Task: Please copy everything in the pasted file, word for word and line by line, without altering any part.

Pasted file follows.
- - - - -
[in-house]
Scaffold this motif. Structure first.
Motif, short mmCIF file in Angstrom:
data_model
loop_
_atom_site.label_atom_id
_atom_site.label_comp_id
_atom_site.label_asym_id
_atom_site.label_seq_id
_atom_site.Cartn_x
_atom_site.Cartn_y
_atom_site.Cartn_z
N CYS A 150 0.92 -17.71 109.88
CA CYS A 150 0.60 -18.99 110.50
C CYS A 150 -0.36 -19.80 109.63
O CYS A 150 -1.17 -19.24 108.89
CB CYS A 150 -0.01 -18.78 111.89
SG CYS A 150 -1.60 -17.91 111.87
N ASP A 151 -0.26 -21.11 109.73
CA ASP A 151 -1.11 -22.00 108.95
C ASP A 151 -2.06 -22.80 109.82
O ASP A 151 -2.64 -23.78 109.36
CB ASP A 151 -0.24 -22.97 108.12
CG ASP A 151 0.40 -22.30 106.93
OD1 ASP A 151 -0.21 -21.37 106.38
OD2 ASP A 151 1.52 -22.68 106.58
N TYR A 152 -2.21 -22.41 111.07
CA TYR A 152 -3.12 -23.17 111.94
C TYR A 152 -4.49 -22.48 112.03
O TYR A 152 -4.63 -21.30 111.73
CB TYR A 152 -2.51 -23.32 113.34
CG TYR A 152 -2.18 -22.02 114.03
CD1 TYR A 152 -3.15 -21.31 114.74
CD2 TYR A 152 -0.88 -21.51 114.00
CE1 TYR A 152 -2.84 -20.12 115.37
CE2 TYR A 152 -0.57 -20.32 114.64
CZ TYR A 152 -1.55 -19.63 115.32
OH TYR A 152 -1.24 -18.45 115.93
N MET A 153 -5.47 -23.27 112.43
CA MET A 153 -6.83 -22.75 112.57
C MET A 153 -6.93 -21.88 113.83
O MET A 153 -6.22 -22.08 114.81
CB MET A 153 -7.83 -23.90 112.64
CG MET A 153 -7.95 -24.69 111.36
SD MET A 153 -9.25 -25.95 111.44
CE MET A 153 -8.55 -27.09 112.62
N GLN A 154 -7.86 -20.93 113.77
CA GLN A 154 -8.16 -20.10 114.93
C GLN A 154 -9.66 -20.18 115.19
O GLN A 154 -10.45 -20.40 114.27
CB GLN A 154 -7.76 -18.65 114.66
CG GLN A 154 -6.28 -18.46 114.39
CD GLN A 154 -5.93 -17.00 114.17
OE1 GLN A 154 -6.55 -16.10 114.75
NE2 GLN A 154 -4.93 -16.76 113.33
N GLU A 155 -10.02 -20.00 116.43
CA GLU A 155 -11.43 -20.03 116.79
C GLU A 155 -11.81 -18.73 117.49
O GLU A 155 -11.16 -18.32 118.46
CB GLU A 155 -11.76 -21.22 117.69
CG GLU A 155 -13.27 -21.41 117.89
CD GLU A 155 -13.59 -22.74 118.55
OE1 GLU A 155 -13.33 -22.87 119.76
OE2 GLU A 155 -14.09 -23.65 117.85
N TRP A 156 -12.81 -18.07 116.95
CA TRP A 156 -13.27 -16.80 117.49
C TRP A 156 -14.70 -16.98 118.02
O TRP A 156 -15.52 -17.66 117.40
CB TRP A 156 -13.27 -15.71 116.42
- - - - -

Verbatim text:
[in-house]
Scaffold this motif. Structure first.
Motif, short mmCIF file in Angstrom:
data_model
loop_
_atom_site.label_atom_id
_atom_site.label_comp_id
_atom_site.label_asym_id
_atom_site.label_seq_id
_atom_site.Cartn_x
_atom_site.Cartn_y
_atom_site.Cartn_z
N CYS A 150 0.92 -17.71 109.88
CA CYS A 150 0.60 -18.99 110.50
C CYS A 150 -0.36 -19.80 109.63
O CYS A 150 -1.17 -19.24 108.89
CB CYS A 150 -0.01 -18.78 111.89
SG CYS A 150 -1.60 -17.91 111.87
N ASP A 151 -0.26 -21.11 109.73
CA ASP A 151 -1.11 -22.00 108.95
C ASP A 151 -2.06 -22.80 109.82
O ASP A 151 -2.64 -23.78 109.36
CB ASP A 151 -0.24 -22.97 108.12
CG ASP A 151 0.40 -22.30 106.93
OD1 ASP A 151 -0.21 -21.37 106.38
OD2 ASP A 151 1.52 -22.68 106.58
N TYR A 152 -2.21 -22.41 111.07
CA TYR A 152 -3.12 -23.17 111.94
C TYR A 152 -4.49 -22.48 112.03
O TYR A 152 -4.63 -21.30 111.73
CB TYR A 152 -2.51 -23.32 113.34
CG TYR A 152 -2.18 -22.02 114.03
CD1 TYR A 152 -3.15 -21.31 114.74
CD2 TYR A 152 -0.88 -21.51 114.00
CE1 TYR A 152 -2.84 -20.12 115.37
CE2 TYR A 152 -0.57 -20.32 114.64
CZ TYR A 152 -1.55 -19.63 115.32
OH TYR A 152 -1.24 -18.45 115.93
N MET A 153 -5.47 -23.27 112.43
CA MET A 153 -6.83 -22.75 112.57
C MET A 153 -6.93 -21.88 113.83
O MET A 153 -6.22 -22.08 114.81
CB MET A 153 -7.83 -23.90 112.64
CG MET A 153 -7.95 -24.69 111.36
SD MET A 153 -9.25 -25.95 111.44
CE MET A 153 -8.55 -27.09 112.62
N GLN A 154 -7.86 -20.93 113.77
CA GLN A 154 -8.16 -20.10 114.93
C GLN A 154 -9.66 -20.18 115.19
O GLN A 154 -10.45 -20.40 114.27
CB GLN A 154 -7.76 -18.65 114.66
CG GLN A 154 -6.28 -18.46 114.39
CD GLN A 154 -5.93 -17.00 114.17
OE1 GLN A 154 -6.55 -16.10 114.75
NE2 GLN A 154 -4.93 -16.76 113.33
N GLU A 155 -10.02 -20.00 116.43
CA GLU A 155 -11.43 -20.03 116.79
C GLU A 155 -11.81 -18.73 117.49
O GLU A 155 -11.16 -18.32 118.46
CB GLU A 155 -11.76 -21.22 117.69
CG GLU A 155 -13.27 -21.41 117.89
CD GLU A 155 -13.59 -22.74 118.55
OE1 GLU A 155 -13.33 -22.87 119.76
OE2 GLU A 155 -14.09 -23.65 117.85
N TRP A 156 -12.81 -18.07 116.95
CA TRP A 156 -13.27 -16.80 117.49
C TRP A 156 -14.70 -16.98 118.02
O TRP A 156 -15.52 -17.66 117.40
CB TRP A 156 -13.27 -15.71 116.42